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Outlet mall would excite local economy and shoppers

Pasco Commissioner Pat Mulieri is marking the calendar for next week's start of the county's new bus route connecting west Pasco to Wesley Chapel. "Can't wait,'' Mulieri said last week about the ability to take mass transit for a shopping expedition to the Shops at Wiregrass mall.

Turns out Mulieri may get a new addition to her retailing itinerary.

As Times staff writer Lisa Buie reported, the Richard E. Jacobs Group and Sierra Properties — owners of the 540-acre Cypress Creek Town Center land — are expected to sell or jointly develop part of the retail complex as an outlet mall owned by Simon Property Group, which also owns Premium Outlet in Ellenton and Gulf View Square in Port Richey. The proposed mall is at Interstate 75 and State Road 56, just four traffic lights west of the Shops at Wiregrass.

A word of advice, though. Don't go printing new route maps for the bus system just yet. When it comes to outlet malls and Pasco County, waiting is mandatory.

The latest plan, revealed to the county administration three weeks ago, is the fourth time since the 1990s that various outlet mall developers considered the I-75 corridor in Pasco County. In other words, we've been hearing about this since Bill Clinton was in the White House, Sylvia Young was on the County Commission, and Wiregrass Ranch was exclusively agriculture, not a high school/mall/soon-to-be hospital and community college campus.

Twice, the focus for a mall site has been land near the State Road 52 and I-75 exit. Prime Retail of Baltimore targeted 43 acres there 16 years ago for a 60-store, 227,000-square-foot outlet mall. The county even obtained, then returned, a $500,000 state grant to help with the needed road improvements. Prime Retail abandoned the plans in early 1999, saying the area was not ready to support a major outlet mall. Translation: It couldn't land sufficient tenants to justify building in a relatively remote location.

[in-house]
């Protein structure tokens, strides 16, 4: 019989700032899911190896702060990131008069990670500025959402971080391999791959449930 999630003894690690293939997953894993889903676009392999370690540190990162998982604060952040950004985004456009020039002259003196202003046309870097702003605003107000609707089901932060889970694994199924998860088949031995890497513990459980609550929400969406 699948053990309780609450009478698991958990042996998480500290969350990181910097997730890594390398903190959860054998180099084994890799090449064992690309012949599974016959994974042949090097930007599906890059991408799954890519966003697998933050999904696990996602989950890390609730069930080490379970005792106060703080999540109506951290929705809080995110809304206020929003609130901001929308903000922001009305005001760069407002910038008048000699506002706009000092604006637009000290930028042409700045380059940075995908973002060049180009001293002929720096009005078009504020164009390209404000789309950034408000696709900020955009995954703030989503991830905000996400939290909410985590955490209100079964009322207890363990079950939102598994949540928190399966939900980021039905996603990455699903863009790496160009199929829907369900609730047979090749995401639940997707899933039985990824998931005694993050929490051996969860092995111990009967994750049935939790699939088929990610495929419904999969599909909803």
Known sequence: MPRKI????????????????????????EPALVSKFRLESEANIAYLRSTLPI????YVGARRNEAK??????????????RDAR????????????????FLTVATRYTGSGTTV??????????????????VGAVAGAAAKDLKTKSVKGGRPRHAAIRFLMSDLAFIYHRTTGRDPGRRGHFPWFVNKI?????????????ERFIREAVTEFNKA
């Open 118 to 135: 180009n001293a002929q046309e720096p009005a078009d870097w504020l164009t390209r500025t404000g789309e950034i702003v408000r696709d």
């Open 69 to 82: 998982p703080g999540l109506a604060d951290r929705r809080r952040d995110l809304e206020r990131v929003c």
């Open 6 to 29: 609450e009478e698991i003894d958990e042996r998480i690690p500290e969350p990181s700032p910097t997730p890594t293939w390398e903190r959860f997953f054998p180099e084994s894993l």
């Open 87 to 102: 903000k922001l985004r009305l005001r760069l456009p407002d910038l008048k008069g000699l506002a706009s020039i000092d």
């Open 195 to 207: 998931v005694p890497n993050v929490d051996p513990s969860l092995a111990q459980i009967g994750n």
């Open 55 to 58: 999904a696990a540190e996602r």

Simon, which later acquired Prime Retail, considered the same vicinity for a mall to be known as Tampa Prime Outlets. The company originally envisioned a 2008 opening, but now is looking farther south to the SR 56 exit.

In the interim came a 1998 proposal from Mills Corp. of Arlington, Va., for 1.4 million square feet of commercial development, anchored by an outlet mall, on land east of I-75 and south of SR 54. That plan, however, evaporated within three months after the company determined that the surrounding road network needed at least $25 million worth of improvements — including a dedicated exit from the interstate — to handle mall traffic.

The required transportation investment is what makes the Cypress Creek Town Center site attractive. The Richard E. Jacobs Group, developers of the mall stalled by environmental permit requirements, already financed the $27 million widening of State Roads 54 and 56 to ease traffic flow between U.S. 41 and the mall site. Plans now call for an outlet mall on 50 acres there. (By comparison, the failed Bayonet Point Outlet mall site that sat empty on U.S. 19 for a decade was 33 acres.)

The county sees the Cypress Creek project, when completed, as producing many as 3,800 full-time jobs and tax receipts to county government and the school district of more than $8 million a year. The outlet mall would be just a portion of the development.

Others see it as an extension of sprawl, pollution and congestion that will threaten wildlife. The environmental concerns are understandable given the location, the past discharges into Cypress Creek that brought a $300,000 fine during site preparation work, and the need to consider safeguards for the protected indigo snake.

But the genuine enthusiasm from Mulieri and others also is a rational reaction about what upscale retailing — despite its marketing as "outlet'' shopping — can bring the local economy.

My own credit card receipts can verify this. Sometimes the most expensive weekend trip of the year isn't a getaway at the beach or a two-night hotel stay predicated by the offspring's youth sports commitments. The real spending is the 51-mile dash to Manatee County and the magnet that is the outlet mall at Exit 224.

Outlet mall would excite local economy and shoppers 02/28/12 [Last modified: Tuesday, February 28, 2012 5:23pm]
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